- From the first animatic it became apparent that for the film adaptation I would need to signify the learning that the Melancholic Wife takes on that enables her to overcome and access her power in the last sequence. In consultation with Sadhbh, we decided that we would explore the concept of her taking one of the ghosts with her, accepting this avatar of her teenage self into her arms as she’s swallowed by the blackness.
- The final scene has also been changed for this version. Now the Melancholic Wife emerges from the dream space through a door created from the light of her self expression. She re-enters the ‘unromantic walls of her real life’, a space signified by objects and ephemera from the comic stories, ‘striving to hold on to the nuances of her transmutations’ by taking up a pen and journal.
The Melancholic Wife’s foot impacts the wooden floor and the reverberations pulse down upon her, pushing her low and causing her to run to escape the pressure of the remembered embarrassment.
Dwayne – Home for Good
Short Film treatment
The screen fades in from black and we see a photo album sitting on a flat background. The front cover of the photo album is decorated in a key motif, an oval in the centre of the cover contains an illustration of a highly stylised key. A pattern radiates outwards from the oval in strips of warm colours to convey a sense of security and familiarity. The front cover of the album opens by itself to reveal a photo on the first page. Each photo in the album sits on its own page and has its own border evoking a physical picture frame.
‘I was in a hostel……..’
The first photo contains a cut away view inside a hostel, we see two floors of separate rooms in silhouette with a silhouette of a person moving around in each room. The silhouettes are all a single colour. The border of the photo is bright and summery, yellows and oranges, optimistic and hopeful.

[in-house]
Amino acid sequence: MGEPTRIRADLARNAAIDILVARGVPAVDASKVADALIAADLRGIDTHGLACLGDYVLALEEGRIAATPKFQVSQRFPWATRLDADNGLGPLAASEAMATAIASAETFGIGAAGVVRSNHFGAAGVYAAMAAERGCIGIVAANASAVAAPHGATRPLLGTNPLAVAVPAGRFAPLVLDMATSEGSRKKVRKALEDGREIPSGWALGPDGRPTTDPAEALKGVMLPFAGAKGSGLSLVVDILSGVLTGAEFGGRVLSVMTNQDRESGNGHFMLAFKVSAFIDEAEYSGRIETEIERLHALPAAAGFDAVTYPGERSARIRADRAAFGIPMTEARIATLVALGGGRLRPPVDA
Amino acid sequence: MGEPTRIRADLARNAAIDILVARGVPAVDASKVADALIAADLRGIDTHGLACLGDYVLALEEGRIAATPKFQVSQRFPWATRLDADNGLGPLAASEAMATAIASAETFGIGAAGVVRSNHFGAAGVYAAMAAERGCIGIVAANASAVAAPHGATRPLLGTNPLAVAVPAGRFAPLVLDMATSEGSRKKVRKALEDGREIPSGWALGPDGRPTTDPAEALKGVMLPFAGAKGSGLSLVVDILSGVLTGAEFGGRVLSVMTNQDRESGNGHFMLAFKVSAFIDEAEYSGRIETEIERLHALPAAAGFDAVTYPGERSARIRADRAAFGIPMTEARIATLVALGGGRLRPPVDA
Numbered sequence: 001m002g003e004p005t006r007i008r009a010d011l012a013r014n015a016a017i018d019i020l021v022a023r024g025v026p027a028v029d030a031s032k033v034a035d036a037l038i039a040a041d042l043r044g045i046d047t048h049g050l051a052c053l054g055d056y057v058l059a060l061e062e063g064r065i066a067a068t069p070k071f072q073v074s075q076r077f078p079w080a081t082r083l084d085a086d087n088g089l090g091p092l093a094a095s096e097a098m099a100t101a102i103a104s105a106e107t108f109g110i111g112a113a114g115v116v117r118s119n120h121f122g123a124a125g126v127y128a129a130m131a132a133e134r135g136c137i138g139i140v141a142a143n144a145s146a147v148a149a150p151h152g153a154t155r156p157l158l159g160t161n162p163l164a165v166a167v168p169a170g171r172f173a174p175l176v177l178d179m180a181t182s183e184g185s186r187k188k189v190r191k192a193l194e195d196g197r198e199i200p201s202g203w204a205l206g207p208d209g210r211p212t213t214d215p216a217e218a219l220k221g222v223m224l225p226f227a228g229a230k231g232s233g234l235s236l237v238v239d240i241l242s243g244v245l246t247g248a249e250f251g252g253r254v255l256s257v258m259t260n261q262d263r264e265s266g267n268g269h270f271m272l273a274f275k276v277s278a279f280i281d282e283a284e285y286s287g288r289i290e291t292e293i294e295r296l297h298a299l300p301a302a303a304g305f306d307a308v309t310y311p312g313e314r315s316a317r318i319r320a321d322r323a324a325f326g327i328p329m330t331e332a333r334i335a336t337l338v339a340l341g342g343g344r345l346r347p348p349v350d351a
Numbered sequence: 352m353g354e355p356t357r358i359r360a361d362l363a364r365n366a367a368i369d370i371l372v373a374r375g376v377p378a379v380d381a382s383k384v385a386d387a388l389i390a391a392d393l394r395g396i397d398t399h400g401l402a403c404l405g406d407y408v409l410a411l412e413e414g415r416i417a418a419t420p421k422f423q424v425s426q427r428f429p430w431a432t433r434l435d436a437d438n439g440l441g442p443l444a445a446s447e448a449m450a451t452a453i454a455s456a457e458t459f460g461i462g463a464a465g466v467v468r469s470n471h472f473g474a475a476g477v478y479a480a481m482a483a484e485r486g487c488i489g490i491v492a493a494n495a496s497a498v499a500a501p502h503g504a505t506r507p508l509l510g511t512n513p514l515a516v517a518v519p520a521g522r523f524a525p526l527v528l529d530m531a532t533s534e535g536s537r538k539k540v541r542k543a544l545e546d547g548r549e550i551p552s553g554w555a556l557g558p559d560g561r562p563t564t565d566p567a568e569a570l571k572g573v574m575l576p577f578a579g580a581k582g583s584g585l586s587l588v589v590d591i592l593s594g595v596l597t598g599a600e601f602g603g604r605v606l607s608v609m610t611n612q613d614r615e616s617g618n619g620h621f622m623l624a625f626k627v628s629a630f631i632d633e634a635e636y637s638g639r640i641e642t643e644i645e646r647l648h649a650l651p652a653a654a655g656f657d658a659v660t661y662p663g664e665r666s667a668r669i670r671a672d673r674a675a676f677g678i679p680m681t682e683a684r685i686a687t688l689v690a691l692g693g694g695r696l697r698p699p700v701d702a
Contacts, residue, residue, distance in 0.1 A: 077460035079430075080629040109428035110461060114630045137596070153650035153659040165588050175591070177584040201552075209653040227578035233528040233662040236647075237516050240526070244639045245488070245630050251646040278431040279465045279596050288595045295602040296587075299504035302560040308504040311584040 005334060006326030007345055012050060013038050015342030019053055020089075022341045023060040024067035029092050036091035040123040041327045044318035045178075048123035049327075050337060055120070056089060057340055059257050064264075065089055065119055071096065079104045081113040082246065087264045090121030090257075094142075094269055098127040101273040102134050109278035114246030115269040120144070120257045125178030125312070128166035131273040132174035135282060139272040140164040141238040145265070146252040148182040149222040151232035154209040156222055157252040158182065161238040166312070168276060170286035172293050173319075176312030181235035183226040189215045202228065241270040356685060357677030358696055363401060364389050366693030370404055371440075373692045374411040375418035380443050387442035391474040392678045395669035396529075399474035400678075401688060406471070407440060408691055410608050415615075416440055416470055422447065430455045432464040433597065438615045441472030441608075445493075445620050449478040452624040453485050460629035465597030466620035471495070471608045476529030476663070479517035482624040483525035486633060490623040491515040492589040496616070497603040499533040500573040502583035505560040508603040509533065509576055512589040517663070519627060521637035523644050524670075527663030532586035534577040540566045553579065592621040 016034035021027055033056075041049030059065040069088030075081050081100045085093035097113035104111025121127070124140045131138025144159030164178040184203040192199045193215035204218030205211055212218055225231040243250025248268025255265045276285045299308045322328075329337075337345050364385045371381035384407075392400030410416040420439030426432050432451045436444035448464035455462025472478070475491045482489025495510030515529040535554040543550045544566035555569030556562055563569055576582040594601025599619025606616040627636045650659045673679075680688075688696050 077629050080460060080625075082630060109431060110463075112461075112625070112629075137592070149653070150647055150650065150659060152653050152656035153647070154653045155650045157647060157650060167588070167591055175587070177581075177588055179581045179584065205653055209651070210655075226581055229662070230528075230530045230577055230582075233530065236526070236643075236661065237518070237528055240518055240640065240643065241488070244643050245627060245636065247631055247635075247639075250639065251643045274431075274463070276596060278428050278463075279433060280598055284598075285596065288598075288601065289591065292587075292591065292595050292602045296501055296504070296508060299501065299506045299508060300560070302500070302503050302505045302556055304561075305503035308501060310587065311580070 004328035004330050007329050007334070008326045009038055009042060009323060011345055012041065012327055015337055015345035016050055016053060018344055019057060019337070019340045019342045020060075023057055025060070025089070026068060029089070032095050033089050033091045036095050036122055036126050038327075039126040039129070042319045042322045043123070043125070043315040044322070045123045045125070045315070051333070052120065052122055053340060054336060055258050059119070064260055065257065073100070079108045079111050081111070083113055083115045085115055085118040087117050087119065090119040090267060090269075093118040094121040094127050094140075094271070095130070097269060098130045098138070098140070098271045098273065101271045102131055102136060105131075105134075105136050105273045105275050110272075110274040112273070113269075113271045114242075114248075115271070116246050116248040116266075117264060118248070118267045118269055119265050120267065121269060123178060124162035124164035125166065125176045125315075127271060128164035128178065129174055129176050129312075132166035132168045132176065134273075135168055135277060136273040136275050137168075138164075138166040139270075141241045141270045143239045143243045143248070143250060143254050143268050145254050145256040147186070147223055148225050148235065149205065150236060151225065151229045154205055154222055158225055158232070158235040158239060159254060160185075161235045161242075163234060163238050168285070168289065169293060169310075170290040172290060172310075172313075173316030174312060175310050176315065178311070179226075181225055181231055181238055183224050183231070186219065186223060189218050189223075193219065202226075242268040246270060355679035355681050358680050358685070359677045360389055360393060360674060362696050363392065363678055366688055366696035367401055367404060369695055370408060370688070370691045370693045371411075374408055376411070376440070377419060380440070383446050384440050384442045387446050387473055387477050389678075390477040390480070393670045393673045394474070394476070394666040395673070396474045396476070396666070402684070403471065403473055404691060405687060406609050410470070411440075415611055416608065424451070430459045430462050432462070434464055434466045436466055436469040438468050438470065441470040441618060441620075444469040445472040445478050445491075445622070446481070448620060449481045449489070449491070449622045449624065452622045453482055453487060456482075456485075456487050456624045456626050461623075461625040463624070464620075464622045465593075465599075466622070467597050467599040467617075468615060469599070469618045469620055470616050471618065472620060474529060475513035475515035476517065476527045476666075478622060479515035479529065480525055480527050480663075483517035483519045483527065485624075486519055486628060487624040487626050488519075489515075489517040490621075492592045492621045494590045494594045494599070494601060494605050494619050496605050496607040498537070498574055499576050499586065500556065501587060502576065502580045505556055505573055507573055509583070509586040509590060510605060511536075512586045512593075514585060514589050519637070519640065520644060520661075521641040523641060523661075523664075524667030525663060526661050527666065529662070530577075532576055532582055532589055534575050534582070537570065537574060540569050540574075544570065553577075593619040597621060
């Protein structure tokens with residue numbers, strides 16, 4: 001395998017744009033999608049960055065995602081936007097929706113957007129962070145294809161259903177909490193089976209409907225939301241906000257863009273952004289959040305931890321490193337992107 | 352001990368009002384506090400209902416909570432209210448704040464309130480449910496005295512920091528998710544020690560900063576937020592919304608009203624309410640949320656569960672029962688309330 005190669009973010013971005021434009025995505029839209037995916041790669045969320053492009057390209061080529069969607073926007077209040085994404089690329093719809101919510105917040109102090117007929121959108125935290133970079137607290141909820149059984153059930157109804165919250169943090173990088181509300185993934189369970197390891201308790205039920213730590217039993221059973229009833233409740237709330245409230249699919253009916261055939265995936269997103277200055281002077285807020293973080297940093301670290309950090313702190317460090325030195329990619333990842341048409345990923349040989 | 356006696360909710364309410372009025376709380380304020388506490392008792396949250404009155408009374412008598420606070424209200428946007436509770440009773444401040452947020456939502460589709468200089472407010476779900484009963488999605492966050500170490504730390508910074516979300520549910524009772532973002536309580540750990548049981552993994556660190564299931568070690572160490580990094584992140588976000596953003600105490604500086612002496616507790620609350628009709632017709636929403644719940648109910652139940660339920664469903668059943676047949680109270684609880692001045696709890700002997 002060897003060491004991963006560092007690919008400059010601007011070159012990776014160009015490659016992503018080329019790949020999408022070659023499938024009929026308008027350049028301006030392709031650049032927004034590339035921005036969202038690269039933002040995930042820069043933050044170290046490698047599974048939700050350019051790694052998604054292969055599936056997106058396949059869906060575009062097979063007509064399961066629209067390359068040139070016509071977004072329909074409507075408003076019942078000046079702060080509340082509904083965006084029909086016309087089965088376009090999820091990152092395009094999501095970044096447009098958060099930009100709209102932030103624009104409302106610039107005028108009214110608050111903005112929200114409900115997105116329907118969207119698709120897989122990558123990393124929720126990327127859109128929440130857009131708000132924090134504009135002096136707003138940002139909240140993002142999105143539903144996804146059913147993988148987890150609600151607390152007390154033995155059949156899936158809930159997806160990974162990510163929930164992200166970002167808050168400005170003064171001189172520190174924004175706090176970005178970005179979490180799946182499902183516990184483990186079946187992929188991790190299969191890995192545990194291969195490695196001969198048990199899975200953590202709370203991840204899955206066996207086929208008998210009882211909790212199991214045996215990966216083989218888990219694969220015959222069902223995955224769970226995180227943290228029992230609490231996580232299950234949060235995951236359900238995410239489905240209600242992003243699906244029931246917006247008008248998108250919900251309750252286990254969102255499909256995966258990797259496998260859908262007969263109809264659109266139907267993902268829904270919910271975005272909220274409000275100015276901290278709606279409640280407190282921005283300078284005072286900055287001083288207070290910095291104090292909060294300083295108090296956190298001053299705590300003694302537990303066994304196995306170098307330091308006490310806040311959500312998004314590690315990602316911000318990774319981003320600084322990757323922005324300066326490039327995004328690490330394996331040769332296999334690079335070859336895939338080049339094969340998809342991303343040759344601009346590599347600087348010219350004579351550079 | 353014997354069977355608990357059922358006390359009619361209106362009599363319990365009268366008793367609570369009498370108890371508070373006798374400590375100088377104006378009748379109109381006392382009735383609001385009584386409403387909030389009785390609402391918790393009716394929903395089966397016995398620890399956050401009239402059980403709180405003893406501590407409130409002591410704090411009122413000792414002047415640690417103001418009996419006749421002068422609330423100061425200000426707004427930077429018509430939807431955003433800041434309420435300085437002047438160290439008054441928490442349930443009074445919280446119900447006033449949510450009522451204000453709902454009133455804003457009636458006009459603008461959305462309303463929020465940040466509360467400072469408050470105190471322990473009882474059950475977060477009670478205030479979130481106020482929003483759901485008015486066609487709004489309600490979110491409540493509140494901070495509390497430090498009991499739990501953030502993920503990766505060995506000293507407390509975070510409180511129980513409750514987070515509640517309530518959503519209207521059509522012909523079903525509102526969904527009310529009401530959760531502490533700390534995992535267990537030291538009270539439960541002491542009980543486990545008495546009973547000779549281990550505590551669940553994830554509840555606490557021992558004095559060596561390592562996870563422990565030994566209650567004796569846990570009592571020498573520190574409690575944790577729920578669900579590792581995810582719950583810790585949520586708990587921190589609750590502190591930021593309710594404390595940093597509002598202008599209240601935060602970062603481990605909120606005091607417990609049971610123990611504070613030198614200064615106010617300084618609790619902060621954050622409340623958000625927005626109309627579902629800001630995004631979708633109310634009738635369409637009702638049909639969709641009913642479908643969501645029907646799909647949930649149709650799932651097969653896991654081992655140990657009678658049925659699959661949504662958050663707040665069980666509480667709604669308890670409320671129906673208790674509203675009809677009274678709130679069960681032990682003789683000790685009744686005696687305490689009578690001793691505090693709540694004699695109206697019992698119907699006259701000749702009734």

‘I can have my family over here now…’
The page turns and we see the next photo which is a panoramic view of a room filled with silhouettes of people standing and mingling over food and beverages. The silhouettes of the people in this photo are different colours, jewel tones or pastel shades. Dwayne stands in the middle of the room taking it all in. The photo border is autumnal in tone; gold, rust red and brown, harvest festival feeling, people gathering to celebrate the positive result of hard work.
‘Cause when you’re in hostels….you can’t have anyone over’
The page turns and the next photo just contains Dwayne by himself in a bare, sparse room. The photo border is cold blues and greys, evoking winter, isolation.
‘I’m able to get me daughter and bring her over…It means everything’
The page turns again and we see a photo of a young girl. The frame is vibrant greens, yellows and pinks. It’s springtime, time for growth. Hands reach down and pick the photo with its frame from the album page. We zoom out and we see it’s Dwayne, he has the photo in his hands and he reaches up and hangs it on a wall containing lots of photos of himself and his family. He places the photo of his daughter in the centre of the arrangement.
This is the video of Dwayne and we’ve been asked to create a short animation from his dialogue, specifically from the twenty-second mark to the fifty second mark, excluding Christmas.
I wrote out a transcript from the video to get a greater sense of the meaning attendant to the words. Dwayne’s repetition of the phrase ‘having (someone) over (to visit)’ was very strong, which gave me the idea of trying to visually represent a form of overcoming, travelling over an obstacle.
A narrative thread emerged for me beginning in a hostel then moving to his home with his family then returning to a memory of isolation in the hostel then returning home but this time just with his daughter which to Dwayne ‘means everything’.